On PANAMERICANO (release: March 1, 2013), Sandoval and his band offer creative, catchy proof to back this joyful claim of self-determination. The indie-inspired, Latin-hearted group chronicles the journey of a young Latino turning toward his roots, wandering through strange cities and remote mountains, across two continents, in search of himself and social justice. The songs follow his progress, thanks in part to the lush but funky touch ofproducer José Luis Pardo of Venezuela’s Los Amigos Invisibles, moving from funkified anthems (“200%”) to alt.tangos (“Santa Maria del BuenAire”) to earthy Andean explorations (“Peruvian Groovin”).

PANAMERICANO is powered by a strong narrative that runs through the album. It’s the story of boy meets girl, loses girl, loses himself in a new land, then finds the will to spark a revolution back home in the U.S., bringing about the advent of a long-awaited immigration reform (the upbeat and punky “L.A. Revolution”). “I wanted to create a composite character,” Sandoval explains, “a protagonist who could put a human face to the experiences of so many young Latinos, and take what I wanted to say beyond slogans, into something more personal and emotional.”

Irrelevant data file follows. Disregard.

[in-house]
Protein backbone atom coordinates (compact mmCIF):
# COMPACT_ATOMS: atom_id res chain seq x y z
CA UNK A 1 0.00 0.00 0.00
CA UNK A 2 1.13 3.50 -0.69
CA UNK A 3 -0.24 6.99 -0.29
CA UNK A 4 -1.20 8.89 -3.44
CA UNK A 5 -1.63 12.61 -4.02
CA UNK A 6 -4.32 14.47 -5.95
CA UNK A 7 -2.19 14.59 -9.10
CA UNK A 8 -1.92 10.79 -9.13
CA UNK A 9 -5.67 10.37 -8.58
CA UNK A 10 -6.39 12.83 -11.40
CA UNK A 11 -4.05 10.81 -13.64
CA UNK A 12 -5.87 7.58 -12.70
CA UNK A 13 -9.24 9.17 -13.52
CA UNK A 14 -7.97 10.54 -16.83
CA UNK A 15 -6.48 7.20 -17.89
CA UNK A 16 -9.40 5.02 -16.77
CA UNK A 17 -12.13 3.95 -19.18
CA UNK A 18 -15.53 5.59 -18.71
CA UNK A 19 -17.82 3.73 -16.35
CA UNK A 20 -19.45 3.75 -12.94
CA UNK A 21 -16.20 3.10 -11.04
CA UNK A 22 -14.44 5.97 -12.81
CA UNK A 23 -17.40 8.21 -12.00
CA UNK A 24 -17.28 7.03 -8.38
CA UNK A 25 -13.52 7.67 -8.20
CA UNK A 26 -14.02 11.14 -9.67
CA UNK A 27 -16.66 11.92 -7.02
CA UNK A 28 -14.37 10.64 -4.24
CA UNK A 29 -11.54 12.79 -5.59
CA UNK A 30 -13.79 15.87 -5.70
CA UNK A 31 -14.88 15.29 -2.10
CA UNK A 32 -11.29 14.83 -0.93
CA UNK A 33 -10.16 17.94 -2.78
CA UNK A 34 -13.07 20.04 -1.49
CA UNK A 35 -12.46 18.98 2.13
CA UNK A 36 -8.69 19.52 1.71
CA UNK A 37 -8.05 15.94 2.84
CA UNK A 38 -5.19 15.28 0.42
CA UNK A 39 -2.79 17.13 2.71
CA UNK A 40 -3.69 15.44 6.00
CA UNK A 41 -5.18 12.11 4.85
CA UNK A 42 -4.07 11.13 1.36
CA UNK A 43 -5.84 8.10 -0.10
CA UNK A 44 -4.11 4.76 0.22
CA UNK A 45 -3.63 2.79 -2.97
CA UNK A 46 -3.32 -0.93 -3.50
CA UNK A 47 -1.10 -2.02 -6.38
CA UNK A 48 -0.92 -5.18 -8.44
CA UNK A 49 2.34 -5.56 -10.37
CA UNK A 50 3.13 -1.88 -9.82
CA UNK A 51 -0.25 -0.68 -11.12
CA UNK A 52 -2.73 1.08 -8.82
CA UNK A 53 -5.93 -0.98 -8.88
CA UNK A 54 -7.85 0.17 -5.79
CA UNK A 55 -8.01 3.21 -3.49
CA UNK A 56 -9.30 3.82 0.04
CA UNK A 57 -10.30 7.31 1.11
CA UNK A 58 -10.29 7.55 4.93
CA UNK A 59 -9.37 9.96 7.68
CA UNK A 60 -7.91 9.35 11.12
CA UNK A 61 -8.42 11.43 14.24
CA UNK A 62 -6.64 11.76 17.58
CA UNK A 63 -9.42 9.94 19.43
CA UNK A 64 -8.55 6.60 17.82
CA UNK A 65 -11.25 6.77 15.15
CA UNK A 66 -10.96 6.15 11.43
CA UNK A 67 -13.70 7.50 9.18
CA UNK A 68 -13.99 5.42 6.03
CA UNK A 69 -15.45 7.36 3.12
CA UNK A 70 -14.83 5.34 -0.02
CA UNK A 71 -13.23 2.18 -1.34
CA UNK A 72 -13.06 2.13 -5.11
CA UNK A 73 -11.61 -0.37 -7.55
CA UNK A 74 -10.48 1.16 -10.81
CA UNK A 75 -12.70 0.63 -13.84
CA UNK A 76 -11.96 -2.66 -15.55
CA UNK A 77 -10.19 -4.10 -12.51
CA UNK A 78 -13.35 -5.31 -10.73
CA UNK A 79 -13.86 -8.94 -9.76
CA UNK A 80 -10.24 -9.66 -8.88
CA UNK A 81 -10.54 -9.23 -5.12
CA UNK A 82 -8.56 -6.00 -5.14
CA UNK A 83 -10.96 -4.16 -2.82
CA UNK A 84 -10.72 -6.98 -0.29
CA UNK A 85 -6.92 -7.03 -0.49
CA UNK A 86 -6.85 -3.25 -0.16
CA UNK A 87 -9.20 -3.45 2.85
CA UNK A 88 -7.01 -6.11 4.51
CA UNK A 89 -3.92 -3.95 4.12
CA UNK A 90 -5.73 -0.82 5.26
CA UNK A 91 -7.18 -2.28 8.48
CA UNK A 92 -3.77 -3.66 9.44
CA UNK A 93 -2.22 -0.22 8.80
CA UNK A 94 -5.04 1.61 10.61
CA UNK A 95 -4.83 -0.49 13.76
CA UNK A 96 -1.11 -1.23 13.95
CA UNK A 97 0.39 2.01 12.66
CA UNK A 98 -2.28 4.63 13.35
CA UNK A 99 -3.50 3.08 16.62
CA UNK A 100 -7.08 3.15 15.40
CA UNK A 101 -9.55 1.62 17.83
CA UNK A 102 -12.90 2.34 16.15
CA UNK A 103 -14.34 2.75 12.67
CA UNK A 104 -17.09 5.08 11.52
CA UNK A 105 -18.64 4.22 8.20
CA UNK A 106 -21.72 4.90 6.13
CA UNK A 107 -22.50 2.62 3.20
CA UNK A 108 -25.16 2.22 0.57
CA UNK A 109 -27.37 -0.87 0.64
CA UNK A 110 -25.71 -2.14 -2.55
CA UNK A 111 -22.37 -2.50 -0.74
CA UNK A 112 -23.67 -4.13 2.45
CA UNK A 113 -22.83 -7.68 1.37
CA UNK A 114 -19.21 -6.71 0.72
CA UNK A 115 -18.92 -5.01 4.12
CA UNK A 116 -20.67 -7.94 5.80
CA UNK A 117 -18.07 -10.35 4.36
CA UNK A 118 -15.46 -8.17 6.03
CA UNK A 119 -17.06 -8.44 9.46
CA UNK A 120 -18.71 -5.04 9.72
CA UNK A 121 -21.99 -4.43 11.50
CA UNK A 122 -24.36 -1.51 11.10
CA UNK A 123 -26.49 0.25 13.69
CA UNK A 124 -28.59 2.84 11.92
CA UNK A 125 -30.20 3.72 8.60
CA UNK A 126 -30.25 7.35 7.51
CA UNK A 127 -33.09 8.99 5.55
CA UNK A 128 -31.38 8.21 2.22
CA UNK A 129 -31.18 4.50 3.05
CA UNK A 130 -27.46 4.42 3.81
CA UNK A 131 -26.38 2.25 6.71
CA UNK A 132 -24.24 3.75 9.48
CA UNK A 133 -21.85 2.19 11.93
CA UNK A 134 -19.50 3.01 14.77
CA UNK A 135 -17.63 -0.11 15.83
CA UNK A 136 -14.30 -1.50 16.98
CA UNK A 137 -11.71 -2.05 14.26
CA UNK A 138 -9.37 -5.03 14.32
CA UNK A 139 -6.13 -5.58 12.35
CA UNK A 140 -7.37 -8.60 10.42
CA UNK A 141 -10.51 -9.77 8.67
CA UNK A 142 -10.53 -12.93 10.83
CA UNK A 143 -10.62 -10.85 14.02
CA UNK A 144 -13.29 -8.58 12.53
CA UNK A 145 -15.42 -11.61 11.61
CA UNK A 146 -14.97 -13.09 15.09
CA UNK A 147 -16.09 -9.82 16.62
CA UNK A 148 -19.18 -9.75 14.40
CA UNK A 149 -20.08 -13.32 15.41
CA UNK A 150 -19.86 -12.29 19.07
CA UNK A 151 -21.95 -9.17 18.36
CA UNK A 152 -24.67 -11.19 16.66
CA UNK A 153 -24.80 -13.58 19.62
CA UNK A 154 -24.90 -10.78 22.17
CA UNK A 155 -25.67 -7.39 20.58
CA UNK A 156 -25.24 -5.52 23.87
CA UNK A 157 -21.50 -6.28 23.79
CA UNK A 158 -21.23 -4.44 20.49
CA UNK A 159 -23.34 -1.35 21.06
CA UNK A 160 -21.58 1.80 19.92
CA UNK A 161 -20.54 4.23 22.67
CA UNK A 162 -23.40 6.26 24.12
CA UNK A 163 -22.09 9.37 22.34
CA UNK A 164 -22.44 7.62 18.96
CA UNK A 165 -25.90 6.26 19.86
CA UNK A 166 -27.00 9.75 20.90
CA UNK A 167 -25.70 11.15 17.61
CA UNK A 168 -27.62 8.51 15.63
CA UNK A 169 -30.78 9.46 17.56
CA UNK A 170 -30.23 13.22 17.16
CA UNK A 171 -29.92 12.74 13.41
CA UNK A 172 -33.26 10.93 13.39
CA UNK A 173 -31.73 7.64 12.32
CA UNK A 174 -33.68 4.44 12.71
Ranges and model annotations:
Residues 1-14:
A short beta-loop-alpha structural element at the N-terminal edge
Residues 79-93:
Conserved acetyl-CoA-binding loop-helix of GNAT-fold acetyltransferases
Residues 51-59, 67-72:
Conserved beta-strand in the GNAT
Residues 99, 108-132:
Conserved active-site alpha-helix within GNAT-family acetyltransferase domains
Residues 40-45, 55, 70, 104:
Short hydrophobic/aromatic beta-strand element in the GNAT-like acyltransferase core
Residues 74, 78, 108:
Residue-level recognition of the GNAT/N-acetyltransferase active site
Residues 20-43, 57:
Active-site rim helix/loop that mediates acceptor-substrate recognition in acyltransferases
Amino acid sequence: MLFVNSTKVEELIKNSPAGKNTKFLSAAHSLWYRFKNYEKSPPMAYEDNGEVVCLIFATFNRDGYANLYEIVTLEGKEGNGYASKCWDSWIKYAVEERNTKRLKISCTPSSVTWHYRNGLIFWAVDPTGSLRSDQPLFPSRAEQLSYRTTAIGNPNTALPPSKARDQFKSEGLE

Each song is a new chapter in the story, and this narrative approach lets Sandoval get at aspects that resonate with his own past—the double consciousness of Cuban-American life, the complexities of cultural identity—and at more universal issues of love, hope, and migration. It has also sparked a “videonovela” version of the same tale, with a different, locally produced music video/short film set in each country represented inPANAMERICANO, adding another dimension to Del Exilio’s storytelling (follow the series via All set to a vibrant, multifaceted, multilingual, and danceable soundtrack.

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